Report unflattering ethically to former gubernatorial candidate
RALEIGH — North Carolina's public employee pension system will receive nearly $15 million in refunds and discounted fees from outside investment firms, according to a report released Monday. The report raised questions about the influence peddling and conflicts in managing retirement money.
Transactions involving nine outside firms were highlighted in a three-year review of activities involving placement agents, which are hired by investment firms looking to manage a portion of money in a pension system. The agents get a referral fee equal to a small percentage - perhaps 1 percent - of the amount the firm gets to invest.
A Washington-based law firm hired by state attorneys closely examined some activities when Richard Moore was treasurer. The report was released to an advisory panel for current Treasurer Janet Cowell and her staff. The treasurer is the sole trustee on how to invest the $83 billion in the state's pension funds for 875,000 active workers and retirees.
The report said three of the firms will make payments or provide discounts after reviewing the findings and negotiating with the department. All but one of the nine also have agreed to new agent restrictions, including bans on gifts to department employees and certain political contributions. The state won't conduct future business with a ninth firm.
The report, developed through interviews and other records, cited transactions involving Moore or then-Chief Investment Officer Patricia Gerrick, along with placement agents and investment funds from 2002 to 2008. Executives at some of the investment firms gave to Moore's election campaigns, the report said. He ran unsuccessfully for the Democratic nomination for governor in 2008.
Cowell's office has created several new ethics and investments rules since taking office in 2009, including updated and more extensive disclosure requirements for the placement agents.
Cowell said Monday that she wants to "make sure that we're upholding the integrity of the investment process, and then having transparency so that there's confidence on the part of the public."
The state Department of Justice also conducted interviews and referred the case to the U.S. attorney's office in Raleigh to determine if prosecution was warranted, state justice spokeswoman Noelle Talley said. A request for comment from the Raleigh office was referred to the U.S. Department of Justice in Washington, which didn't immediately respond late Monday.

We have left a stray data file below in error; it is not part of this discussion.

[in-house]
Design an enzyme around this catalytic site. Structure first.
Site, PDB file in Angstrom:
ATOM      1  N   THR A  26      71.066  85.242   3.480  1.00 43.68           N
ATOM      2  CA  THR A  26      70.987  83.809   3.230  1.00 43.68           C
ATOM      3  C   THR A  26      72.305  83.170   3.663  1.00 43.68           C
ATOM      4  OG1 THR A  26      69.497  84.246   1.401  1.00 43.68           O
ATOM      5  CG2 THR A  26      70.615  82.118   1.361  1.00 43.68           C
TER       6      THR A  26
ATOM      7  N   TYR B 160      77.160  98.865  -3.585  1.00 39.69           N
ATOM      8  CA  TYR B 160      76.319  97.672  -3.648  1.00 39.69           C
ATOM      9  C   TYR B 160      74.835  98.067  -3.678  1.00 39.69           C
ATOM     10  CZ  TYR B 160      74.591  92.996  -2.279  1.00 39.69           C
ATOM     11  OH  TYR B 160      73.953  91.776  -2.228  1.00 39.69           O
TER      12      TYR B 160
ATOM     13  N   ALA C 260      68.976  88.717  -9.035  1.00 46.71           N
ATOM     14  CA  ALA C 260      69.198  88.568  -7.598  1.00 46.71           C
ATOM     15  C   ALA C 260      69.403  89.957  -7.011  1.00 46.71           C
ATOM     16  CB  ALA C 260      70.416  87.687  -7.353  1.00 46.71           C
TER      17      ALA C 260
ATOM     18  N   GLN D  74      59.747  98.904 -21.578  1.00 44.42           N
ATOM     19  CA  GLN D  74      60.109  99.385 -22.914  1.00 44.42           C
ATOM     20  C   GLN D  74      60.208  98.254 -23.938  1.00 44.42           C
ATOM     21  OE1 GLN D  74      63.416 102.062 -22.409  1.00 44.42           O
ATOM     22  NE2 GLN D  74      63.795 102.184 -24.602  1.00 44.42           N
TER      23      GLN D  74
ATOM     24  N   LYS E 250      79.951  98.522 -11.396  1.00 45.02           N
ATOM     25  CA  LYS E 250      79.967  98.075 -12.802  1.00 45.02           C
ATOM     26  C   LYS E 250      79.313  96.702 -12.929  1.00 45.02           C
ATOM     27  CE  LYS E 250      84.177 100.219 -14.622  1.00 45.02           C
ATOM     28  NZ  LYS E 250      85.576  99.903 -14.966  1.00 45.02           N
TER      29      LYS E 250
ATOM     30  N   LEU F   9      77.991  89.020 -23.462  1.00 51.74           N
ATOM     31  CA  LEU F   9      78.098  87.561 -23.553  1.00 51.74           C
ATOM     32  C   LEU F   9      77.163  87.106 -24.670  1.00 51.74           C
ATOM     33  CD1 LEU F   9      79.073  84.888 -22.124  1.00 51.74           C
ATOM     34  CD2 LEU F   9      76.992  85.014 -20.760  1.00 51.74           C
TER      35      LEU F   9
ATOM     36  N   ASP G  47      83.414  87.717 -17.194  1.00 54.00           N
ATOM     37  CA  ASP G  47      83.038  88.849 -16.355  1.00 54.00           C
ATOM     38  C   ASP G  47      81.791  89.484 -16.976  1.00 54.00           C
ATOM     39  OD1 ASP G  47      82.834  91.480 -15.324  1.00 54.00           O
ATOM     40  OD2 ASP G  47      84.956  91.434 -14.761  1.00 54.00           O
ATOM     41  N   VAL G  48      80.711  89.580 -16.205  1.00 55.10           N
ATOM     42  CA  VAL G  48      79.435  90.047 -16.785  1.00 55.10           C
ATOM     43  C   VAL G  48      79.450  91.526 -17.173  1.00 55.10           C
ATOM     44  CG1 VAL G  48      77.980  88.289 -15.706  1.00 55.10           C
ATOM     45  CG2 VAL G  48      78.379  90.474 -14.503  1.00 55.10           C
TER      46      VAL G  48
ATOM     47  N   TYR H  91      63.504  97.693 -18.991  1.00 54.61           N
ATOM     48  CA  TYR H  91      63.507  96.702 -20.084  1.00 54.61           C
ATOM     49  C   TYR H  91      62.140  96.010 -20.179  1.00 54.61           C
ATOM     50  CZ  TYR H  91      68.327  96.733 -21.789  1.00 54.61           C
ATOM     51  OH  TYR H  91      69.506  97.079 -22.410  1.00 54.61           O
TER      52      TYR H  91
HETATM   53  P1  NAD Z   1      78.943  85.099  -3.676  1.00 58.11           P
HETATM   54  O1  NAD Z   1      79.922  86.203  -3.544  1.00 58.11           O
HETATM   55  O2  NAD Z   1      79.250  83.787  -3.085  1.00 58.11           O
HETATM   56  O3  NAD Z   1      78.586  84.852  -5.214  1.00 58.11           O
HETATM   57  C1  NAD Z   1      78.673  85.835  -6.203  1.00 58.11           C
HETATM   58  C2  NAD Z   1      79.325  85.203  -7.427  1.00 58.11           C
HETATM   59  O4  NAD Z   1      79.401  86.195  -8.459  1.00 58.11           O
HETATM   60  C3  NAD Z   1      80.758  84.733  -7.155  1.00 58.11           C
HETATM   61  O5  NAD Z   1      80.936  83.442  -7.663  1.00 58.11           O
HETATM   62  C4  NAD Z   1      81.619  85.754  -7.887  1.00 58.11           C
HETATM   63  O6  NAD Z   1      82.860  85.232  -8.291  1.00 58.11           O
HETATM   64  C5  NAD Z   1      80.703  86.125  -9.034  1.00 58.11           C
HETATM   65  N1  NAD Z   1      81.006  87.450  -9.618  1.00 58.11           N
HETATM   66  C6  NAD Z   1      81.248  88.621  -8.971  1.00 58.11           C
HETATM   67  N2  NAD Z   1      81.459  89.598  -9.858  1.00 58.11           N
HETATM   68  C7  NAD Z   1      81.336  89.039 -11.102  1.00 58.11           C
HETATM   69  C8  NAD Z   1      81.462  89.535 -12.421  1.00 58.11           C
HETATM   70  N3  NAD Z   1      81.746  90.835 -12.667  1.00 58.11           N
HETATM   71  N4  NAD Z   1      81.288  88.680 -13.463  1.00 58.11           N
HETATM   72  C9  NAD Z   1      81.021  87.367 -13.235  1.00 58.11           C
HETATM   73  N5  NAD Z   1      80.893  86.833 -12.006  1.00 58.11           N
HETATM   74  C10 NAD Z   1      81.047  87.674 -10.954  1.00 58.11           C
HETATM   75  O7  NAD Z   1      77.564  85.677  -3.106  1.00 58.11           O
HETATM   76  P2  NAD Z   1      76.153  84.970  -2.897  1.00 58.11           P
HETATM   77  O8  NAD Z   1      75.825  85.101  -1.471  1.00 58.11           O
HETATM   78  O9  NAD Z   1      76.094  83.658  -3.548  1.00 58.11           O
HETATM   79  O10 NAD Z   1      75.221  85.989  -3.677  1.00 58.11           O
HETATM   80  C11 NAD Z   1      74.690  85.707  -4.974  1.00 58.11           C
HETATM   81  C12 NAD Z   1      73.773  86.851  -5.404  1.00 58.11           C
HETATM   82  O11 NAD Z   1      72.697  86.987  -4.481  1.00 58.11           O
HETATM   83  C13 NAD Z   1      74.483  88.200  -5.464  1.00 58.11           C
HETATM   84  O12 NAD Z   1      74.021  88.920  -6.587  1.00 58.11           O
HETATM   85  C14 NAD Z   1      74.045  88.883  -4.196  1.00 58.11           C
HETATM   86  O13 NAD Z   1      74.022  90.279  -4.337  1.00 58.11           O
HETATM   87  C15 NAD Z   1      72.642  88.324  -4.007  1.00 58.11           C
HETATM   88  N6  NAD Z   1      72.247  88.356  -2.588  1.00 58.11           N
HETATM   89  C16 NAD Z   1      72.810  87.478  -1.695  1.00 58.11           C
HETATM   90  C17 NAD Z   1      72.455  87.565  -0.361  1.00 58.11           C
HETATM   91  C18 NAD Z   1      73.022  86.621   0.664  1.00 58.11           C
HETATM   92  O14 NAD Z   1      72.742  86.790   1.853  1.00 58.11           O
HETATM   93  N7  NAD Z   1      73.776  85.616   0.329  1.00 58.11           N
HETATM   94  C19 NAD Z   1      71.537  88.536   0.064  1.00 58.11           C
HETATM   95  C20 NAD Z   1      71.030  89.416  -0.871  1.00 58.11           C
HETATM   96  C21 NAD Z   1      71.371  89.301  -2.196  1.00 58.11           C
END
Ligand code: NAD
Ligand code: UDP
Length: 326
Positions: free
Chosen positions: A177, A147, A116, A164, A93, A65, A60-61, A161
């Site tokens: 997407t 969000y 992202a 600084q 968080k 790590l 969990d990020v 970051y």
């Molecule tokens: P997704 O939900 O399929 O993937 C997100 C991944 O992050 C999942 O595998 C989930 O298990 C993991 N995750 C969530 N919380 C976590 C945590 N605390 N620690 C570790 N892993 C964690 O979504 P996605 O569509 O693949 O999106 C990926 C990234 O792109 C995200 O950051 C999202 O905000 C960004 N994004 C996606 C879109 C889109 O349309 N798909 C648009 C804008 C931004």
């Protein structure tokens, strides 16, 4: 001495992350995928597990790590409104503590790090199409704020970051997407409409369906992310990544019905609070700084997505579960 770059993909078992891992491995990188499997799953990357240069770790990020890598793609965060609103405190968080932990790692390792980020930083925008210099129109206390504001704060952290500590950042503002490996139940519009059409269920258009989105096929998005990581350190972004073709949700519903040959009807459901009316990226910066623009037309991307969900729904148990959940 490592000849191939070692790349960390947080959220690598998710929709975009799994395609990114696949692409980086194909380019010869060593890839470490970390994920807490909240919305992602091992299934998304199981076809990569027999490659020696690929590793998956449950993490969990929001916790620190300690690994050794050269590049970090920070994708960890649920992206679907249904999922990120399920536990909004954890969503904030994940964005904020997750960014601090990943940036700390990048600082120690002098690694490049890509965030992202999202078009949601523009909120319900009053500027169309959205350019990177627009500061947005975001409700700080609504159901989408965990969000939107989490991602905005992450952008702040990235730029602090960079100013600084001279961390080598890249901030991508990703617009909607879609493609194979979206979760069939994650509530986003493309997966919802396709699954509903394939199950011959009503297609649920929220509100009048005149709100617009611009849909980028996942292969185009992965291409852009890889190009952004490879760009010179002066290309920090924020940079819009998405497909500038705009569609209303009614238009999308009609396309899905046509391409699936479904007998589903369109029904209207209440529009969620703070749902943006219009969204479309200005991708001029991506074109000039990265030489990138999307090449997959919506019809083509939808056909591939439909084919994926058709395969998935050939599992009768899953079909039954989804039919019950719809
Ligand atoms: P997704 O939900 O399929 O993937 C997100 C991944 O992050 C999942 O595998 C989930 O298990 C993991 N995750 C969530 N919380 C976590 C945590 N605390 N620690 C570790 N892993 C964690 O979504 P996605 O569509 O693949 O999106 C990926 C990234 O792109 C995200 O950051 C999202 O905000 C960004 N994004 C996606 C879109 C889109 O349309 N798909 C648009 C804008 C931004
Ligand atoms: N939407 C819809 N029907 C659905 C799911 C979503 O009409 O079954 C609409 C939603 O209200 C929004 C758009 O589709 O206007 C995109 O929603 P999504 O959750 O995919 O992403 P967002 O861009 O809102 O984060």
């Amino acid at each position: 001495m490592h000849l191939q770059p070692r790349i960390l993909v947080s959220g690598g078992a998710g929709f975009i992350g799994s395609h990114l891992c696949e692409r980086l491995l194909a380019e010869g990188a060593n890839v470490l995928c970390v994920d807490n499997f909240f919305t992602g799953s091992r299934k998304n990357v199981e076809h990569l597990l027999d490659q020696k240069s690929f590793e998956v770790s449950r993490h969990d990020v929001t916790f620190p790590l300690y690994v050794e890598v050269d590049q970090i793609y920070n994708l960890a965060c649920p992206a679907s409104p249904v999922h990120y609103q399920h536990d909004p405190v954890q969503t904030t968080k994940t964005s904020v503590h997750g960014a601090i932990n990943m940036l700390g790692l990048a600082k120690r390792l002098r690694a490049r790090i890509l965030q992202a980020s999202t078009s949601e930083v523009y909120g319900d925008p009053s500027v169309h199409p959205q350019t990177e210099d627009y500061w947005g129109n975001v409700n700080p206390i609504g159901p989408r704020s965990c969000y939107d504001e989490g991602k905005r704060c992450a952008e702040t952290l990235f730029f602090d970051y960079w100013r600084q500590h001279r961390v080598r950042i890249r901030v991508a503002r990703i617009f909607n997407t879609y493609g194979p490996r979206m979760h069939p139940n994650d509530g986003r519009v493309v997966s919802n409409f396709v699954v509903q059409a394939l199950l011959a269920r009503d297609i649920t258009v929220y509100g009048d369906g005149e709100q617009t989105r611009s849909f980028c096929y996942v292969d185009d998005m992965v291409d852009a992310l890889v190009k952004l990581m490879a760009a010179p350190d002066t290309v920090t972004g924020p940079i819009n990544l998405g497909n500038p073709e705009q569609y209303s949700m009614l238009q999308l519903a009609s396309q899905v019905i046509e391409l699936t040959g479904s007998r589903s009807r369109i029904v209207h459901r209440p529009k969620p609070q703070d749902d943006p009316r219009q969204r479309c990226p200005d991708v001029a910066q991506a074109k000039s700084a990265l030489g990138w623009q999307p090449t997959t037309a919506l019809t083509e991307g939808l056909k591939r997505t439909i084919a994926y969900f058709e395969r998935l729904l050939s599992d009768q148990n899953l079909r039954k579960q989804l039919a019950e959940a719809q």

Moore, the treasurer from 2001 through 2008, said by email Monday he was "greatly troubled by numerous factual inaccuracies" in the report and didn't understand why the lawyers "never asked to speak with me."
"I am extremely proud of the work I did as treasurer for the people of North Carolina," he wrote.
David Frederick, an outside lawyer and one of the report's co-authors, told the Investment Advisory Committee the review didn't uncover the extent of "pay-to-play" transactions found in other states. Placement agents have played roles in litigation or corruption scandals involving public pensions in New York and New Mexico. The report made more than 30 recommendations, of which nearly all have been carried out or accepted by Cowell, a Democrat.
While cautioning the report was based on voluntary interviews, the report's attorneys said their review uncovered allegations Gerrick and her daughter received free lodging from an executive at an investment firm that invested several billion dollars of retirement money.
Another placement agency hired an agent who had a previous personal relationship with Gerrick well before she became the state's investment officer. The placement agent and Gerrick exchanged gifts after one 2005 investment deal, while Gerrick solicited a donation from the agent to a charity, according to the report.
Cowell dismissed Gerrick in September 2009 but wouldn't say why. Gerrick, who didn't immediately respond to an email, said in 2009 investment managers made donations in her honor to a charity where she was a board member but that she never solicited people to do so.
The findings associated with Moore involved a placement agent identified in the report as someone who said he'd known Moore since grade school. The agent worked with two investment firms in which the state pension retirement ultimately invested nearly $300 million, the report said.
Placement agents can be helpful for smaller investment managers to market themselves effectively when competing against larger firms, the report said.